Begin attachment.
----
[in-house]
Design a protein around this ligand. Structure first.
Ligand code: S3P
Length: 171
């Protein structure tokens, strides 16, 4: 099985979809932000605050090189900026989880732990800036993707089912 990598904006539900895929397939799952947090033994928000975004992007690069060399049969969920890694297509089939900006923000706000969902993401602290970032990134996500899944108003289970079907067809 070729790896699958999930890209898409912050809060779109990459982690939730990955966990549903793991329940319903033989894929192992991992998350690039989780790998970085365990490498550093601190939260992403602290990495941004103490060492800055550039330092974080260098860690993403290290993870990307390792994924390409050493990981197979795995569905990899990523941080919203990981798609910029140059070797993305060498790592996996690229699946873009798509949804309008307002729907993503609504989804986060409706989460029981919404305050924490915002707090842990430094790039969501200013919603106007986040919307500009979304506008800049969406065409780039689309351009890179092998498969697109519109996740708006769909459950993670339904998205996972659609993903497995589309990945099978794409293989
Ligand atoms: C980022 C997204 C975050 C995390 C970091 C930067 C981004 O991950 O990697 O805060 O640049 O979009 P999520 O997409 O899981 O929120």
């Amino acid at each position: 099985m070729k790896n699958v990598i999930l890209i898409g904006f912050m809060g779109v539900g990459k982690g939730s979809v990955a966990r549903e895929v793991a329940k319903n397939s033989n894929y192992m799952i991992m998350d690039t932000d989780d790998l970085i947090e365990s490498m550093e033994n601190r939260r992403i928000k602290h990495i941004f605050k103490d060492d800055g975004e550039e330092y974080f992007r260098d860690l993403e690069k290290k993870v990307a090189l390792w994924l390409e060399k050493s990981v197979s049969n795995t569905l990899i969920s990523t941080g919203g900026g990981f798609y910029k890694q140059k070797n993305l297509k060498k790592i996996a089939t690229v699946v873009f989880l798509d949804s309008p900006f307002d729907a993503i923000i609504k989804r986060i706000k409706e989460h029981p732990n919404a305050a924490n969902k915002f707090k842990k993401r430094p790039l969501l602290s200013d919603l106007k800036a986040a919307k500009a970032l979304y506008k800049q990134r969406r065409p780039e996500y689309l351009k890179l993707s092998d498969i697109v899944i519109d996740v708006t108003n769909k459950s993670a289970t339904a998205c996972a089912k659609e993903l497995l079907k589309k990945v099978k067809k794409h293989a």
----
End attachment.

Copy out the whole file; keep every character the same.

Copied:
[in-house]
Design a protein around this ligand. Structure first.
Ligand code: S3P
Length: 171
């Protein structure tokens, strides 16, 4: 099985979809932000605050090189900026989880732990800036993707089912 990598904006539900895929397939799952947090033994928000975004992007690069060399049969969920890694297509089939900006923000706000969902993401602290970032990134996500899944108003289970079907067809 070729790896699958999930890209898409912050809060779109990459982690939730990955966990549903793991329940319903033989894929192992991992998350690039989780790998970085365990490498550093601190939260992403602290990495941004103490060492800055550039330092974080260098860690993403290290993870990307390792994924390409050493990981197979795995569905990899990523941080919203990981798609910029140059070797993305060498790592996996690229699946873009798509949804309008307002729907993503609504989804986060409706989460029981919404305050924490915002707090842990430094790039969501200013919603106007986040919307500009979304506008800049969406065409780039689309351009890179092998498969697109519109996740708006769909459950993670339904998205996972659609993903497995589309990945099978794409293989
Ligand atoms: C980022 C997204 C975050 C995390 C970091 C930067 C981004 O991950 O990697 O805060 O640049 O979009 P999520 O997409 O899981 O929120």
């Amino acid at each position: 099985m070729k790896n699958v990598i999930l890209i898409g904006f912050m809060g779109v539900g990459k982690g939730s979809v990955a966990r549903e895929v793991a329940k319903n397939s033989n894929y192992m799952i991992m998350d690039t932000d989780d790998l970085i947090e365990s490498m550093e033994n601190r939260r992403i928000k602290h990495i941004f605050k103490d060492d800055g975004e550039e330092y974080f992007r260098d860690l993403e690069k290290k993870v990307a090189l390792w994924l390409e060399k050493s990981v197979s049969n795995t569905l990899i969920s990523t941080g919203g900026g990981f798609y910029k890694q140059k070797n993305l297509k060498k790592i996996a089939t690229v699946v873009f989880l798509d949804s309008p900006f307002d729907a993503i923000i609504k989804r986060i706000k409706e989460h029981p732990n919404a305050a924490n969902k915002f707090k842990k993401r430094p790039l969501l602290s200013d919603l106007k800036a986040a919307k500009a970032l979304y506008k800049q990134r969406r065409p780039e996500y689309l351009k890179l993707s092998d498969i697109v899944i519109d996740v708006t108003n769909k459950s993670a289970t339904a998205c996972a089912k659609e993903l497995l079907k589309k990945v099978k067809k794409h293989a």